Yes, this review is up earlier than I expected. I picked it up to read the first issue in the set, and just couldn’t convince myself to put it down. Marvel’s first family needed a facelift, but instead we got the familiar characters doing great things. This is definitely worth your precious time.
Title: Fantastic Four Vol. 1: Imaginauts
Author: Mark Waid
Illustrator(s): Mike Wieringo and Mark Buckingham on pencils, with
Karl Kesel, Mark Buckingham, and Danny Miki on inks
Original Publication Date: April 23, 2003 reprint of material first
published from August 2002 to February 2003.
Cover Price: $17.99 US, $29.00 Can
Buy from: Amazon.com
Marvel’s first family shows what made them great in the 1960s by doing
completely different things today. This collects the first seven
issues of Mark Waid’s run, starting with last year’s nine cent issue.
Also included are issue 56, which made Ben’s religion explicit rather
than assumed, and a set of very interesting notes that Mark Waid was
“If you can read this you have just violated our contract.”
I’m pretty sure the second issue violates canon. We know the Yancy
Street Gang has been picking on Ben, but I’m not aware of any specific
instances when they take credit for the practical jokes.
Marvel’s first family, which is already getting a bit stale as I read
Essential Fantastic Four Vol. 2, reads as very new. Mark
Waid is doing a fantastic job; expect a review of “Unthinkable” when
that trade comes out (probably around September or October.) He’s
putting these characters in new situations and letting them run with
it. Issue 500 approaches rapidly (this July) but he’s doing new
stuff. That’s not easy to do, at all. I give it 6 out of 6.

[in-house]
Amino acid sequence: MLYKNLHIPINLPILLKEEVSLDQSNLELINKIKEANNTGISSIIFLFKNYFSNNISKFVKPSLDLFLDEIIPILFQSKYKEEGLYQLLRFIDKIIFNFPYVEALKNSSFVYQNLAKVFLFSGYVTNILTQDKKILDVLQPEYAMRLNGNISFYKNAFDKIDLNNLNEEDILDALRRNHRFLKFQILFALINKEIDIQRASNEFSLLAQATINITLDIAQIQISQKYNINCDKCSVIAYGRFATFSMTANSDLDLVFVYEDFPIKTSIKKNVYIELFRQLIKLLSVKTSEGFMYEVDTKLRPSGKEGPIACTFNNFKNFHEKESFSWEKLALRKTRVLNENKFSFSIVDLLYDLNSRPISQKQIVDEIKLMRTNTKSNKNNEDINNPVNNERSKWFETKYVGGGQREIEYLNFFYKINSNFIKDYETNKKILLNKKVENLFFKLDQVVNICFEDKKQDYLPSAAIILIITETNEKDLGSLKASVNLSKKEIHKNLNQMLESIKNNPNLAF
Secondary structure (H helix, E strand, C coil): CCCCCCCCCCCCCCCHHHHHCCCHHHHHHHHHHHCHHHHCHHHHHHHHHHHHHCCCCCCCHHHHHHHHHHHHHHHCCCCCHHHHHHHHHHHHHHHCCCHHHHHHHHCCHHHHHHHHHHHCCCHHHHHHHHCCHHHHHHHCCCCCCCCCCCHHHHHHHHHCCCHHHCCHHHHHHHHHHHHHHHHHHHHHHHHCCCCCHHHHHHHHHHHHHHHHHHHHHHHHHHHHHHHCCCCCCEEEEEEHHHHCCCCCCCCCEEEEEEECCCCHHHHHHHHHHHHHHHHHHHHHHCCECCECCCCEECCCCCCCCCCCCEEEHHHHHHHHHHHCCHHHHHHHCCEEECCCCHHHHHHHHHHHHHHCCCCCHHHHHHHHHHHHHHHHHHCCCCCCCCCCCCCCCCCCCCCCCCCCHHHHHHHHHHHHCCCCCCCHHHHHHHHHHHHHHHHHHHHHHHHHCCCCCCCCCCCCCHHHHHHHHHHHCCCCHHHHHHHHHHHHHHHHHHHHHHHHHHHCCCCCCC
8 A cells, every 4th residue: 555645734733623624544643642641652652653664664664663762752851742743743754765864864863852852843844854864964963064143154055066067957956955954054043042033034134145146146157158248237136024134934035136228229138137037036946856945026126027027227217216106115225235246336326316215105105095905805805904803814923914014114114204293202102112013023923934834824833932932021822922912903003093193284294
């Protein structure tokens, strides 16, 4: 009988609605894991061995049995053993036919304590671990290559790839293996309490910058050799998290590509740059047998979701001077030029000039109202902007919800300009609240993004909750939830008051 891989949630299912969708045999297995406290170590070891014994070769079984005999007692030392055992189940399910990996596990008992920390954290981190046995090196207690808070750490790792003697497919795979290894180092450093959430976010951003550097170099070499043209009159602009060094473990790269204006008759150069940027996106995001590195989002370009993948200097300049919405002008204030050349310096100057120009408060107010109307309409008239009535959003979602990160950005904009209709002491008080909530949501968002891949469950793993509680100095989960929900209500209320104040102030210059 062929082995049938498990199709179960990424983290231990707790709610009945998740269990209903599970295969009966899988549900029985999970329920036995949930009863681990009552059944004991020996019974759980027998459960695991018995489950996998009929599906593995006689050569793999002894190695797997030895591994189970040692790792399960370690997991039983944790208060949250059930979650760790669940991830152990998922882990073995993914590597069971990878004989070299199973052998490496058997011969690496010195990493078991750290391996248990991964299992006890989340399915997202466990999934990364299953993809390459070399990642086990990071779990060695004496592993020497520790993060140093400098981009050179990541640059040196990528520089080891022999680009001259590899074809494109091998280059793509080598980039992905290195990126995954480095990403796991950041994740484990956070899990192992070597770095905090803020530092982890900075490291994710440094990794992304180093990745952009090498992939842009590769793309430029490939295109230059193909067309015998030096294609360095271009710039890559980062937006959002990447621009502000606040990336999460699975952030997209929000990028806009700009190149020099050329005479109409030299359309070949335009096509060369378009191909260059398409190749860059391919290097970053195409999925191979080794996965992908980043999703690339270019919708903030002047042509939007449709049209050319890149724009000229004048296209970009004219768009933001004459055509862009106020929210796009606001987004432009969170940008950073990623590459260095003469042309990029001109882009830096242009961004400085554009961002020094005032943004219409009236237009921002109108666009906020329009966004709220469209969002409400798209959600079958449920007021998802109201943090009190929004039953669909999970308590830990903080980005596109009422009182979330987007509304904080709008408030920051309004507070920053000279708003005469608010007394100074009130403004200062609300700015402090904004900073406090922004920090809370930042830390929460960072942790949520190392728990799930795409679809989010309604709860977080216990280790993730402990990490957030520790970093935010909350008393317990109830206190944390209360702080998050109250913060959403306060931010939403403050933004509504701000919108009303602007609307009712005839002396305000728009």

The artwork by Wieringo is well suited to the attitudes in
the text and the stories being told. Buckingham’s isn’t bad, but it’s
not as appropriate. (He draws issues 65 and 66.) I give it 5 out of 6.
The story is in the traditional Marvel fashion; villains come
and go, but personal lives march on. Even more interesting is the
fact that the villains they face are new threats, and in some cases,
not even really supervillains. The personal lives are handled well,
but they’re not facing Diablo, Doom, Namor, or anybody else you’d
recognize for the eight dozenth time. I give it 5 out of 6.
The characterization of the team is excellent. Franklin is
the only one-dimensional recurring character. (Well, Val is too, but
she’s too young to speak, so that’s allowed.) We see some depth to
all of them no later than the second issue. I give it 5 out of 6.
The emotional response is the next category to evaluate, and
it’s based on how emotionally attached to the story I became, and how
effectively the author played with my emotions. Well, when I picked
this up just under two hours ago, I had every intention of stopping
after reading the first stand-alone issue. As you can see, that
didn’t happen. This had me hooked, and laughing out loud on more than
one occasion. I know people like Reed. (Well, I doubt any of them
have the most powerful brain on the planet, but they’re smart.) I
loved the reason Ben asked him to explain the power source in issue
65. I loved the way Johnny operates in a business environment. I give
it 6 out of 6.
The flow was good through most of it. Matching issue 56
before issue 61 was a bit odd, and the end of “Sentient” seemed a bit
off-pace. I give it 4 out of 6.
Overall, this is a great collection that makes a very old
team interesting again. The bonus material really adds to the
package. Reading those character descriptions after reading his other
issues was a great way to end the set. Even without the bonus
material, I’d be sold on Mark Waid’s entire run on this title, and
I’ll take a serious look at his other stuff. I give it 6 out of 6.
Technically, it’s not perfect, but the problems are minor enough that
I’d still recommend it unreservedly.
In total, Fantastic Four Vol. 1: Imaginauts recieves 37 out